Grewal, Gwenda-lin. 2022b. “A Note on Plato’s Euthydemus 304b.” Classics@22: Poetic (Mis)quotations in Plato. Washington, DC: Center for Hellenic Studies. http://nrs.harvard.edu/URN-3:HLNC.ESSAY:102302586.
At Euthydemus 304b, Socrates seems to twist the famous first line of Pindar’s Olympian 1. Pindar’s line reads as follows:
Best, on the one hand, water, but gold as blazing fire
Here is Plato’s version:
But water <is> cheapest, being best, as Pindar said.
Even without the original or transposed context, Socrates has separated the words “water” and “best” in a way that “as Pindar said” cannot only refer to “being best”—for ἄριστον alone would be insufficient to recall Pindar’s verse. It is ὕδωρ and ἄριστον together that suggest the poem.  In addition, ὄν is not in the original line, so if this is meant to be a direct quotation, it already contains a modification. On the other hand, if the line’s sole purpose is to paraphrase, the implied sentiment seems odd. Unmodified Pindar sings that water is best, but does he somehow imply that water is cheapest? Or, does he imply that “though it is best, water <is> cheapest”?
As Pindar Said
The first three lines of Pindar’s ode laud water as best, and gold as akin to blazing fire, conspicuous at night and man-exalting, standing out in wealth. Later on in the poem, in lines 45–51, which recount what happened to Pelops, Pindar sings,
people did not, seeking you out far and wide, bring you to your mother,
immediately one of the jealous neighbors was secretly saying
that by fire of water (ὕδατος…πυρὶ)  at the boiling point
they cut you limb by limb with a sword,
and at the tables during the last course
they divided up your flesh and ate it.
It seems water is not incompatible with fire, or at least, it can come to be very hot under the influence of fire, and so become akin to fire. Where water boils Pelops’ flesh, in Clotho’s cauldron Pelops emerges, dazzling with a false shoulder that deceives as if it were the true original. Clotho reverses Pelops’ fate, his gleaming shoulder now furnished with ivory (26–7). But this very dismemberment was itself a rumor woven from jealousy that beguiles like a prosthetic limb. These words of caution swiftly follow:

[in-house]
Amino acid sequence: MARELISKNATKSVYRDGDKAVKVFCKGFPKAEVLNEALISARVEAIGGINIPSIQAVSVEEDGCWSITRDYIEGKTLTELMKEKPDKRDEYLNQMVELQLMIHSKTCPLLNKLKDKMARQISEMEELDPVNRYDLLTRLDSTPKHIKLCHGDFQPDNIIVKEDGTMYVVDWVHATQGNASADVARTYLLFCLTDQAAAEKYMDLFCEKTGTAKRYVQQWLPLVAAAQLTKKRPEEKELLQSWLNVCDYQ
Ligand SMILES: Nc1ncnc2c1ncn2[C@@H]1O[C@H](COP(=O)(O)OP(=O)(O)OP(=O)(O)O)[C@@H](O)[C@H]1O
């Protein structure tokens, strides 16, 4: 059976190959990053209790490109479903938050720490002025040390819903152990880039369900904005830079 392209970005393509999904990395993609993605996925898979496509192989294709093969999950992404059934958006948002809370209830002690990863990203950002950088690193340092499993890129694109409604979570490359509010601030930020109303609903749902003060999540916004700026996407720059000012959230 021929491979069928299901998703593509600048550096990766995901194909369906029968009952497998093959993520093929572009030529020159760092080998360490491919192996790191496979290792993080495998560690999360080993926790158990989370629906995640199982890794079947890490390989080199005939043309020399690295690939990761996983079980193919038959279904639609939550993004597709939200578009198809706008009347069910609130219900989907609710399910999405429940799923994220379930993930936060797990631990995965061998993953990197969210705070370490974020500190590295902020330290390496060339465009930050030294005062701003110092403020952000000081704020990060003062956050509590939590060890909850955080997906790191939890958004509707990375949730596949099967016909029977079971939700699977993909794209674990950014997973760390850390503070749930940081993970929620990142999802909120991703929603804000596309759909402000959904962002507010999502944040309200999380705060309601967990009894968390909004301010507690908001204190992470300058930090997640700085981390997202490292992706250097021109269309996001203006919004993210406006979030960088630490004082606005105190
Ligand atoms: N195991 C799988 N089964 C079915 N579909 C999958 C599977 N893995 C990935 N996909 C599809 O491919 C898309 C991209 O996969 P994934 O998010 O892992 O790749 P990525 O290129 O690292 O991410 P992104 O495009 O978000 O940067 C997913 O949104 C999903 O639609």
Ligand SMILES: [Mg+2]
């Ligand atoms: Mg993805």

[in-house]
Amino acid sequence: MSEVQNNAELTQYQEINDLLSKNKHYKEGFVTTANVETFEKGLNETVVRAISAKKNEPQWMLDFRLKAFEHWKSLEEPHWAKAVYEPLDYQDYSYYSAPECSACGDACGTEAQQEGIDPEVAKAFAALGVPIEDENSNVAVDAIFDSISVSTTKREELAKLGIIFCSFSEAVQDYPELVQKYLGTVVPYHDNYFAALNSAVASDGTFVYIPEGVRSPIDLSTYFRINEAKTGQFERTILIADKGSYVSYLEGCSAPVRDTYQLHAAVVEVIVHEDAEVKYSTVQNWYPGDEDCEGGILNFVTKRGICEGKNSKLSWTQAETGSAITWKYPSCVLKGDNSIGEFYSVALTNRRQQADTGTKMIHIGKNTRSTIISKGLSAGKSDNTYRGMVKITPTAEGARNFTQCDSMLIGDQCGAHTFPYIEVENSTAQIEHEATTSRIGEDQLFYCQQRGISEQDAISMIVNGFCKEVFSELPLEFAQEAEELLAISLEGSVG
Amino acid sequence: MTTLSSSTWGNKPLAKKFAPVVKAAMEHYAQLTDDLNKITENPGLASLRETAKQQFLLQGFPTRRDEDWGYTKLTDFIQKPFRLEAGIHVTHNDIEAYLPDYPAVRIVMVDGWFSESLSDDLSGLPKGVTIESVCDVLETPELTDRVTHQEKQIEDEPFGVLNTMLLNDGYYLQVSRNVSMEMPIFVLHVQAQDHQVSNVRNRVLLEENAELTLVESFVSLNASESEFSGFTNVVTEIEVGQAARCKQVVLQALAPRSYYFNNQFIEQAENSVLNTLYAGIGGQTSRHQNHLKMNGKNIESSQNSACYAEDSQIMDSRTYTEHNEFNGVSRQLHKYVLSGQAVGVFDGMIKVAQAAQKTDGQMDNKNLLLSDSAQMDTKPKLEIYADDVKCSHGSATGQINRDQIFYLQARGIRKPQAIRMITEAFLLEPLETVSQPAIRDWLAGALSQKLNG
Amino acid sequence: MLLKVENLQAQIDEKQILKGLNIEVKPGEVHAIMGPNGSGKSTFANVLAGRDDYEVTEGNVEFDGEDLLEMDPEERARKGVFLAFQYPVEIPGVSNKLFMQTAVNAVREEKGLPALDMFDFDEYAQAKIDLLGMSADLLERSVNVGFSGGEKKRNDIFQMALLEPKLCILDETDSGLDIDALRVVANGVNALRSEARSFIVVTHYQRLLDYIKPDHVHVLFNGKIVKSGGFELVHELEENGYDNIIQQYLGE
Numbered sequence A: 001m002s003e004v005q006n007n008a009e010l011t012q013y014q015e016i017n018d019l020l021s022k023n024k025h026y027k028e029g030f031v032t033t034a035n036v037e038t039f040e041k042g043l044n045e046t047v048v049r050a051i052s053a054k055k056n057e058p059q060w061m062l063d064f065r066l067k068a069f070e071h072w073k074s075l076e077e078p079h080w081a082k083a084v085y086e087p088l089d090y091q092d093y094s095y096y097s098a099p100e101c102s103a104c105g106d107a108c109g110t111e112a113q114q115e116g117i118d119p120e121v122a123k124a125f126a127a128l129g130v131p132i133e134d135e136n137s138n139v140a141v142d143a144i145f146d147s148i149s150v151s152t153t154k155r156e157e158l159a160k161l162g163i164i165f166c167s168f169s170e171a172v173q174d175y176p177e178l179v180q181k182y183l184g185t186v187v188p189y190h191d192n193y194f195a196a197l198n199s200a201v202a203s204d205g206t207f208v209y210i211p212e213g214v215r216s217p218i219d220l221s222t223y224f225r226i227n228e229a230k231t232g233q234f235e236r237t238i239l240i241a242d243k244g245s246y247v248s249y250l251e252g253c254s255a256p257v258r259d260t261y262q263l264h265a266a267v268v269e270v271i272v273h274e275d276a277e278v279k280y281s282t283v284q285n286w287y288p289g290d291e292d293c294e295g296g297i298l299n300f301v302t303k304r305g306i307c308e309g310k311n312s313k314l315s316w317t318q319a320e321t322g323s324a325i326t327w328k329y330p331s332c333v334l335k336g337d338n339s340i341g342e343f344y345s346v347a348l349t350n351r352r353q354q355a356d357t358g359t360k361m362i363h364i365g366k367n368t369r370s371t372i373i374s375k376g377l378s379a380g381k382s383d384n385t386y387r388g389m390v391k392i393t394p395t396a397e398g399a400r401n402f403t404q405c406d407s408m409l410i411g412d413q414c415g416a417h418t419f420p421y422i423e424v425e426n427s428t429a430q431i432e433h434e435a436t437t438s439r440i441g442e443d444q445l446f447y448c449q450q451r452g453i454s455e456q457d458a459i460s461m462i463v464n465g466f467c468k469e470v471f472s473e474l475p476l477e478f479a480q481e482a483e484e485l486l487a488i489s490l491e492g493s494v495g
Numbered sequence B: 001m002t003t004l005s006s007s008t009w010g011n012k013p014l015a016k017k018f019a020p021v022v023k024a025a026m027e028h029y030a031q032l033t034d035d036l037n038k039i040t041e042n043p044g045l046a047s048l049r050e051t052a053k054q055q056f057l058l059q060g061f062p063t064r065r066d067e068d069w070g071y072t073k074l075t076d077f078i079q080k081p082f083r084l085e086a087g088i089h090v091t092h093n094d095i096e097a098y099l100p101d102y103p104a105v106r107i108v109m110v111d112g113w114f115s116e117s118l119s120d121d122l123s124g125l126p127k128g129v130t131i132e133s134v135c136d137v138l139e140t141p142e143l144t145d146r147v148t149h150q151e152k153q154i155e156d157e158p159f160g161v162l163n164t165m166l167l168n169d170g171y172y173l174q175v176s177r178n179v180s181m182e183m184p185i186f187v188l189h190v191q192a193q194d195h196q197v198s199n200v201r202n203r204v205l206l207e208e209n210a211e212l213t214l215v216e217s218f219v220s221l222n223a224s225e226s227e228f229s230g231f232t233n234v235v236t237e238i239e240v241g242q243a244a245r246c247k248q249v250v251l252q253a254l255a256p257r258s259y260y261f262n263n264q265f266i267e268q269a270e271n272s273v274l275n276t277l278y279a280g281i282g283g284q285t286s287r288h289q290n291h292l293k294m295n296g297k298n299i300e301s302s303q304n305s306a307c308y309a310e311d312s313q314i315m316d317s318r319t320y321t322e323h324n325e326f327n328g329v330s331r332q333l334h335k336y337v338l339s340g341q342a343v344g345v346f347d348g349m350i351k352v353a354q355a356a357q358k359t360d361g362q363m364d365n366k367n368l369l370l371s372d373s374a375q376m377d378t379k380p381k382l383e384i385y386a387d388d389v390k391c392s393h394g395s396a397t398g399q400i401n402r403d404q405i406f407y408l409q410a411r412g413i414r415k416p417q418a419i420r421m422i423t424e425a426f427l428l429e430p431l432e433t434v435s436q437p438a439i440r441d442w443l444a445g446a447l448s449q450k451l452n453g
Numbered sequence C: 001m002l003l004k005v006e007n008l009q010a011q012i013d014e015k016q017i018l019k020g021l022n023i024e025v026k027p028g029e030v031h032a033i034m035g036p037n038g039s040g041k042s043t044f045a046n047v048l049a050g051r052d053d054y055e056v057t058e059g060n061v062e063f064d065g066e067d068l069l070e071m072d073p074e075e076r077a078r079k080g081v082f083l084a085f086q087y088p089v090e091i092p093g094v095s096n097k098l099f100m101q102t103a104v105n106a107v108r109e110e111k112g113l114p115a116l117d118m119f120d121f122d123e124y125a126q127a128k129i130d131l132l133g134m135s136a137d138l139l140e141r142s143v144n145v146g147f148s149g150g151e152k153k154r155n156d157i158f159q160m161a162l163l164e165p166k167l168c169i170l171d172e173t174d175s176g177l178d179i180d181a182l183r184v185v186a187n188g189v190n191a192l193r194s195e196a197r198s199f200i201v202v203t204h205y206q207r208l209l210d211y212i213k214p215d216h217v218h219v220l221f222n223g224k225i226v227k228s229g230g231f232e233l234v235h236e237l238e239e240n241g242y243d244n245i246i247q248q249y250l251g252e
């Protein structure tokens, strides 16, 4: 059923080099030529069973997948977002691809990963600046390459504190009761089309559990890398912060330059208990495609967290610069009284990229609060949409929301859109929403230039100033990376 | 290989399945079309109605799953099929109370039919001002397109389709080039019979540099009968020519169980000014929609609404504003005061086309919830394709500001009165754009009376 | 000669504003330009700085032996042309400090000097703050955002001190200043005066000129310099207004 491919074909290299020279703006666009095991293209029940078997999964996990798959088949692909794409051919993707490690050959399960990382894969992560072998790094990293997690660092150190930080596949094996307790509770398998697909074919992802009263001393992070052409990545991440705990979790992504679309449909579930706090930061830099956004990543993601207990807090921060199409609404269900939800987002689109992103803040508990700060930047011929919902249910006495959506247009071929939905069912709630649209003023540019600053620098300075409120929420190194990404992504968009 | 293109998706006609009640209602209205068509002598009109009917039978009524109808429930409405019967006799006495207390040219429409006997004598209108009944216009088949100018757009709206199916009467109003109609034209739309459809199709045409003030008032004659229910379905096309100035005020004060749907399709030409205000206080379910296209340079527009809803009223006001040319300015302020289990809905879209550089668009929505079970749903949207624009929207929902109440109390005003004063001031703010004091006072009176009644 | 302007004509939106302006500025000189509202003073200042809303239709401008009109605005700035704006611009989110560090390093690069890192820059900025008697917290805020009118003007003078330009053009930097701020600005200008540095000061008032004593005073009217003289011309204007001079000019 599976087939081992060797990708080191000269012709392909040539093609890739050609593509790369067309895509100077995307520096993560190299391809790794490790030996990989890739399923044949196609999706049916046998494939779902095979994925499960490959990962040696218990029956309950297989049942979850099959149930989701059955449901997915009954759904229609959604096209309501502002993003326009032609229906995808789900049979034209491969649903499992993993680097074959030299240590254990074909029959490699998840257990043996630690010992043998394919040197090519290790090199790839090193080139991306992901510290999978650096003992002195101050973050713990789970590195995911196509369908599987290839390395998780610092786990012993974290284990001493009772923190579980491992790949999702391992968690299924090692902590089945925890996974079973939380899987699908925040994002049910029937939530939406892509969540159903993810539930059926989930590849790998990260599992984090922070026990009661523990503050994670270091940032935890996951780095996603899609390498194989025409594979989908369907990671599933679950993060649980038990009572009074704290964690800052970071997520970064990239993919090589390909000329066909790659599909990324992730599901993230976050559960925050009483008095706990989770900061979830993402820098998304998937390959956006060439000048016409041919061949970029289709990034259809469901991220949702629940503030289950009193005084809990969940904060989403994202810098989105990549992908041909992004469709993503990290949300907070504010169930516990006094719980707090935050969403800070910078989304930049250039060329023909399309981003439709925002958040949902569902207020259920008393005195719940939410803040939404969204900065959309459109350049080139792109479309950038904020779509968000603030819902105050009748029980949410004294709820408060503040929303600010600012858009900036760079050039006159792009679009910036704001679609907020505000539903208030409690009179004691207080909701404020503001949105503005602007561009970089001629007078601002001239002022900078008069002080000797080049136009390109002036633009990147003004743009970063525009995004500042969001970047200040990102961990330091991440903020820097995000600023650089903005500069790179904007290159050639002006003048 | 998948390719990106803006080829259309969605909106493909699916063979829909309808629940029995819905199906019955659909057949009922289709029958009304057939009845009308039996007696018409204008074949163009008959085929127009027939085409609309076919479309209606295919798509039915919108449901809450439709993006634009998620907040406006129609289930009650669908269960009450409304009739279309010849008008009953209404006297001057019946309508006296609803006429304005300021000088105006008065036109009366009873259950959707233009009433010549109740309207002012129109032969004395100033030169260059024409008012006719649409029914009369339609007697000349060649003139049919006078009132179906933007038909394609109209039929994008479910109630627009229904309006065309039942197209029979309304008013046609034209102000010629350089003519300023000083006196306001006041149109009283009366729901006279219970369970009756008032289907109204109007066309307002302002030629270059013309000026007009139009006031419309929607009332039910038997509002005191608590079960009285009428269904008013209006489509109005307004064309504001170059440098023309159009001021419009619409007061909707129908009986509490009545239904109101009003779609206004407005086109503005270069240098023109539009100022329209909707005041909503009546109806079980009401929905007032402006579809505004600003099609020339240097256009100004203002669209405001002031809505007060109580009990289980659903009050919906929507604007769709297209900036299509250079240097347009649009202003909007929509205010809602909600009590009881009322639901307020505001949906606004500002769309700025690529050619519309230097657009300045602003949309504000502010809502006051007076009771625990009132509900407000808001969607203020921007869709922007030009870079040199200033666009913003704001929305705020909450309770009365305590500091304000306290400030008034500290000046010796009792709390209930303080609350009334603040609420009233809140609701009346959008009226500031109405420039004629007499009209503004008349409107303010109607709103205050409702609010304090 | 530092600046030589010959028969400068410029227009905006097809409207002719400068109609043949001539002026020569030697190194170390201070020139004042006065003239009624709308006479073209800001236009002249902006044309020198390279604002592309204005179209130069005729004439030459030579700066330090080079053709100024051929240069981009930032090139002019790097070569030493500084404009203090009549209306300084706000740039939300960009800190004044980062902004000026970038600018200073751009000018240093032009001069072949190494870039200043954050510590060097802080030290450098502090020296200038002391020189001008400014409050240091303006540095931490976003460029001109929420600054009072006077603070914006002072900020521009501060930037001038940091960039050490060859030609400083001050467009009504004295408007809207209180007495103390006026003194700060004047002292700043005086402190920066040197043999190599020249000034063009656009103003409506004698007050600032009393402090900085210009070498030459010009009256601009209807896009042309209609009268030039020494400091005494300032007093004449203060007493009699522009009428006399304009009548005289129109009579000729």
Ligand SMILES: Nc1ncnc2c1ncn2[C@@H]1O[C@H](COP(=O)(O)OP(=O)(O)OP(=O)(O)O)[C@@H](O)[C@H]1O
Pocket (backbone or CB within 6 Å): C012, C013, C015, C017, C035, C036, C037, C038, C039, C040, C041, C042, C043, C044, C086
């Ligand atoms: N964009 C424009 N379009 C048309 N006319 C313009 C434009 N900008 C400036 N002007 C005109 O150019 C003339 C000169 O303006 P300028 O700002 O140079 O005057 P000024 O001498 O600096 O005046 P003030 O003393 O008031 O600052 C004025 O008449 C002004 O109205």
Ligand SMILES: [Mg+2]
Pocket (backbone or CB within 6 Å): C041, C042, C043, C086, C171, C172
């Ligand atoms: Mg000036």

of mortals over and above the true logos
may deceive, stories embroidered with dappled falsehoods. (28–9)
Embroidered stories (muthoi) seem to point to poetry as one of the wonders. Poetry has the power to spin lies that look uncannily similar to truths, and to deceive listeners with a tapestry of image. The fluidity of fire may be like water; a cauldron may bubble with watery flames. But as water and fire are dwarfed in brightness by the warm sun which shines by day, and ultimately by the contests at Olympia, which are celebrated in this victory ode, Pindar’s glorifying poem, too, is that which is glorified in and by the poem. This ode associates itself with those who carry the victory, and Pindar crowns the victor with a victory song. In the last lines of the poem, he offers this wish for the victor and himself:
and so long as I can with bringers of victory
to associate, being far-famed in wisdom by Greeks everywhere. (115–6)
But what about water’s victory? Water is best, but “Best of What?,” asks the title of W. H. Race’s 1981 article on Olympian 1. Where is the missing genitive that would explain water’s preeminence? Fire seems more praiseworthy, if for different reasons. Ancient scholia suggest that “of elements (στοιχείων)” should be supplied with “best”; later translators infer the presence of “of all things (πάντων).”  Water and fire may therefore remind listeners of Thales and Heraclitus.  But Heraclitus contains both in saying that the cosmos itself “was, is, and will be an ever-living fire” (DK B30); yet “different waters run different for those who enter the same rivers” (DK B12). Water and fire are dissimilar substances that yield a similarly evanescent permanence. Pindar boils them together and cites Clotho as the composer. Their opposition, on the other hand, is apparent in Nemean 1.20–5: